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Laser Gain Media

Definition: media for laser amplification

Alternative terms: active media, active laser media

More specific terms: ceramic laser gain media, rare-earth-doped laser gain media, transition-metal-doped laser gain media, chromium-doped laser gain media, erbium-doped laser gain media, neodymium-doped laser gain media, praseodymium-doped laser gain media, thulium-doped laser gain media, ytterbium-doped laser gain media, four-level and three-level laser gain media, quasi-three-level laser gain media, laser crystals, rare-earth-doped fibers

German: Verstärkungsmedien

Categories: optical materialsoptical materials, laser devices and laser physicslaser devices and laser physics, optical amplifiersoptical amplifiers


Cite the article using its DOI: https://doi.org/10.61835/z5z

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Within the context of laser physics, a laser gain medium is a medium which can amplify the power of light (typically in the form of a light beam). Such a gain medium is required in a laser to compensate for the resonator losses, and is also called an active laser medium, in contrast to passive optical elements, not providing amplification. It can also be used for application in an optical amplifier. The term gain refers to the amount of amplification.

As the gain medium adds energy to the amplified light, it must itself receive some energy through a process called pumping, which may typically involve electric currents (electrical pumping) or some light inputs (→ optical pumping), typically at a wavelength which is shorter than the signal wavelength.

Types of Laser Gain Media

There are a variety of very different gain media; the most common of them are:

Compared with most crystalline materials, ion-doped glasses usually exhibit much broader amplification bandwidths, allowing for large wavelength tuning ranges and the generation of ultrashort pulses. Drawbacks are inferior thermal properties (limiting the achievable output powers) and lower laser cross-sections, leading to a higher threshold pump power and (for passively mode-locked lasers) to a stronger tendency for Q-switching instabilities. See the article on laser glasses for more details.

The doping concentration of crystals, ceramics and glasses often has to be carefully optimized. A high doping density may be desirable for good pump absorption in a short length, but may lead to energy losses related to quenching processes, e.g. caused by upconversion via clustering of laser-active ions and energy transport to defects.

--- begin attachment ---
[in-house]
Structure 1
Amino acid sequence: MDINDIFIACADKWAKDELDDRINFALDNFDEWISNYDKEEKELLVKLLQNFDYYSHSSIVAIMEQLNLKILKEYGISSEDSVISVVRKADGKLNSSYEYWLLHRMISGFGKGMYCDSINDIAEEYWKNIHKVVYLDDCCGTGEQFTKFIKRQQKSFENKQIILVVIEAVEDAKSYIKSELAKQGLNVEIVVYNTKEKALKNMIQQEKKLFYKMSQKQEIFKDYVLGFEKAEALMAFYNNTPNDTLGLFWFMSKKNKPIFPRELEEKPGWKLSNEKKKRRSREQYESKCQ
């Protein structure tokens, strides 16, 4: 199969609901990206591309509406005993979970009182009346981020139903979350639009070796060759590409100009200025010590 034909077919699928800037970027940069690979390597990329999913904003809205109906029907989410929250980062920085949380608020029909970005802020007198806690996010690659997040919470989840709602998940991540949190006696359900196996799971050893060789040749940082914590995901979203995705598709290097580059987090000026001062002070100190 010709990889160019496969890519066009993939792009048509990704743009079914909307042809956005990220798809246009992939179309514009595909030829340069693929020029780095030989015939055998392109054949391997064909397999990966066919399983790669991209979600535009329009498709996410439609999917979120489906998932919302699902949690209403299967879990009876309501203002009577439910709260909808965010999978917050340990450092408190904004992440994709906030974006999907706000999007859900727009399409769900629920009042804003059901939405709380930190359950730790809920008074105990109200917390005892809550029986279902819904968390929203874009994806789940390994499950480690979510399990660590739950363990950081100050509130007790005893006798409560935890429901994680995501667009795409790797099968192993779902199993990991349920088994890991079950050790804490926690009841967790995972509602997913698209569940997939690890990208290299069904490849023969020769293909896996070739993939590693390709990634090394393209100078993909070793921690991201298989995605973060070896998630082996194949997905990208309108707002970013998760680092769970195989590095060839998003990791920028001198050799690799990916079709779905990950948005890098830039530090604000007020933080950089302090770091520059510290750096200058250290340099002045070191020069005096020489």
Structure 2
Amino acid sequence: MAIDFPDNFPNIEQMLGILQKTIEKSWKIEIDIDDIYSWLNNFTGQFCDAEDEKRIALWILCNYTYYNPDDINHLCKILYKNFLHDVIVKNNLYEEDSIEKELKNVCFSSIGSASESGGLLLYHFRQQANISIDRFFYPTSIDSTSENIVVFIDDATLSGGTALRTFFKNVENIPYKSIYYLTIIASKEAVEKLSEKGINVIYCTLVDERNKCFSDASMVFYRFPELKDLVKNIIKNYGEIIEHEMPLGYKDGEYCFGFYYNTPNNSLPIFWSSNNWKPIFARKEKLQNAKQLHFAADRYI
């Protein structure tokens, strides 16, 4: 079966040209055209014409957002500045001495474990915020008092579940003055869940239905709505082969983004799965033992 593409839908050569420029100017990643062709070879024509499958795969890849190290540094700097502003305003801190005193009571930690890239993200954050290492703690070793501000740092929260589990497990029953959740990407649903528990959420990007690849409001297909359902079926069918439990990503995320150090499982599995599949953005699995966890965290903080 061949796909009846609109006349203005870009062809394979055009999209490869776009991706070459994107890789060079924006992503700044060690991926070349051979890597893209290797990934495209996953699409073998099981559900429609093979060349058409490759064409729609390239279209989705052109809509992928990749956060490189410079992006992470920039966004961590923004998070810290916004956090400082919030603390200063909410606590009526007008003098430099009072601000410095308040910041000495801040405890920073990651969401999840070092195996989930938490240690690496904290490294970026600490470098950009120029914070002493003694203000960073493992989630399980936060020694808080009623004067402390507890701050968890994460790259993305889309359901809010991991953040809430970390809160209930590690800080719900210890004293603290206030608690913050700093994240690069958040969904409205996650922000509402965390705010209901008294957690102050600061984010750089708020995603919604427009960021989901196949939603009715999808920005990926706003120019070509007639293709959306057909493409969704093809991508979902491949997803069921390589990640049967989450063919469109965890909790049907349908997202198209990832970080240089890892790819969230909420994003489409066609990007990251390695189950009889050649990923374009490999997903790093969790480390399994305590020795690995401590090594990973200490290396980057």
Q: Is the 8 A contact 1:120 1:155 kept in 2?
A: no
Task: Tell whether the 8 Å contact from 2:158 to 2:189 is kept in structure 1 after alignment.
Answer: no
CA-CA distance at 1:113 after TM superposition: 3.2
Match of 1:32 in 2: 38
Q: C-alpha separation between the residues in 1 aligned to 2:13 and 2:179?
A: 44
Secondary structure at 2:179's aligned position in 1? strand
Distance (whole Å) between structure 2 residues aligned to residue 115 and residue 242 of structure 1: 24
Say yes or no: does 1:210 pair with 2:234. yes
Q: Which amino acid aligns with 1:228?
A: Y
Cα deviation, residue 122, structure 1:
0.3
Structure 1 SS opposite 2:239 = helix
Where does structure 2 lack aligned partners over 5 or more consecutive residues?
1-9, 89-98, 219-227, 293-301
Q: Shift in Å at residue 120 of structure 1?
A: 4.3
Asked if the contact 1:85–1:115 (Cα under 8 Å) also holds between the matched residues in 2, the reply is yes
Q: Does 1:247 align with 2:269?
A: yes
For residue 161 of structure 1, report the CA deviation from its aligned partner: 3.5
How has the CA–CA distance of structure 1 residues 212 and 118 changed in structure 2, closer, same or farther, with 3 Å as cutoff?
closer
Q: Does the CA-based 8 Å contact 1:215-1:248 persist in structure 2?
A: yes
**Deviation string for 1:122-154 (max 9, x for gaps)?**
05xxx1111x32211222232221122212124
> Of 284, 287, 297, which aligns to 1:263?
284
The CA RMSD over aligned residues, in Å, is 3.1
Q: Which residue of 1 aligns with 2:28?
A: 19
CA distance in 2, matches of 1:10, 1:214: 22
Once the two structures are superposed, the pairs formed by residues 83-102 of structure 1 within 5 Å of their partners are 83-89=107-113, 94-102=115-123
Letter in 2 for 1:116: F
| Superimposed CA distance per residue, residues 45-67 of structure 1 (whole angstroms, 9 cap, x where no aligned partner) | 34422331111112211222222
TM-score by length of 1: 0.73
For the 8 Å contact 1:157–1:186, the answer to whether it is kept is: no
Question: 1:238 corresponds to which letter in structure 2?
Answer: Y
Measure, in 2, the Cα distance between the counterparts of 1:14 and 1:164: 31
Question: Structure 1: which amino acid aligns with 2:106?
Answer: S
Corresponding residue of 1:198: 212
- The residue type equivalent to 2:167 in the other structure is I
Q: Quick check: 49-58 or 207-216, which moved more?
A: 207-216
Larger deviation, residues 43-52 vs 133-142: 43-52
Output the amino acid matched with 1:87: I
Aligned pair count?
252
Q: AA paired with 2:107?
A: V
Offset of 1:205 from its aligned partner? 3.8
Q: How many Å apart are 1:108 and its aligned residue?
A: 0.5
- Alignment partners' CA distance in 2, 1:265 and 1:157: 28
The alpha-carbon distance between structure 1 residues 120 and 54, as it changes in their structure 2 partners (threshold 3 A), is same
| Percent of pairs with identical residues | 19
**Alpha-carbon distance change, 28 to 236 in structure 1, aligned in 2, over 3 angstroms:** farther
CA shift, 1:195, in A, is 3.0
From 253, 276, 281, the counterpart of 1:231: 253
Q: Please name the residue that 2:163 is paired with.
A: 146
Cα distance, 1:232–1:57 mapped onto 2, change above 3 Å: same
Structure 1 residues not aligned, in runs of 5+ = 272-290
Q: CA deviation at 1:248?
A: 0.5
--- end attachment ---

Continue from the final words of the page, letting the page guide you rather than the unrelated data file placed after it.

Important Physical Effects

In most cases, the physical origin of the amplification process is stimulated emission, where photons of the incoming beam trigger the emission of additional photons in a process where e.g. initially excited laser ions enter a state with lower energy. Here, there is a distinction between four-level and three-level laser gain media, and others are quasi-three-level laser gain media.

A less frequently used amplification process is stimulated Raman scattering, involving the conversion of some higher-energy pump photons into lower-energy laser photons and phonons (related to vibrations e.g. of the crystal lattice).

For high levels of input light powers, the gain of a gain medium saturates, i.e., is reduced. This naturally follows from the fact that for a finite pump power an amplifier cannot add arbitrary amounts of power to an input beam. In laser amplifiers, saturation is related to a decrease in population in the upper laser level, caused by stimulated emission.

Thermal effects can occur in gain media because part of the pump power is converted into heat. The resulting temperature gradients and also subsequent mechanical stress can cause thermal lensing effects, distorting the amplified beam, and there can also be depolarization loss. Thermal effects can spoil the beam quality of a laser, reduce its efficiency, and sometimes even destroy the gain medium (thermal fracture).

Relevant Physical Properties of Laser Gain Media

A great variety of physical properties of a gain medium can be relevant for use in a laser. The desirable properties include:

Note that in many situations there are partially conflicting requirements. For example, a very low quantum defect is not compatible with four-level behavior. A large gain bandwidth typically means that laser cross-sections are smaller than ideal, and that the quantum defect cannot be very small. Disorder in solid-state laser gain media increases the gain bandwidth, but also reduces the thermal conductivity. A short pump absorption length can be advantageous, but also tends to exacerbate thermal effects.

It is apparent that different situations lead to very different requirements on gain media. For this reason, a very broad range of gain media will continue to remain important for applications, and making the right choice is essential for constructing lasers with optimum performance. For that purpose, quantitative laser modeling and simulation is often helpful.

More to Learn

Encyclopedia articles:


The RP Photonics Buyer's Guide contains 53 suppliers for laser gain media. Among them:

Questions and Comments from Users


How can manufacturers determine concentrations of rare-earth dopants in active media?

The author's answer:

The doping concentration is indeed an important parameter of a gain medium such as a laser crystal or a rare-earth-doped fiber. In some cases, it can be determined simply by measuring the amount of dopants added during fabrication. In other cases, it may be necessary to measure it, e.g. with spectroscopic measurements, where however additional parameters need to be known (e.g. absorption cross-sections).

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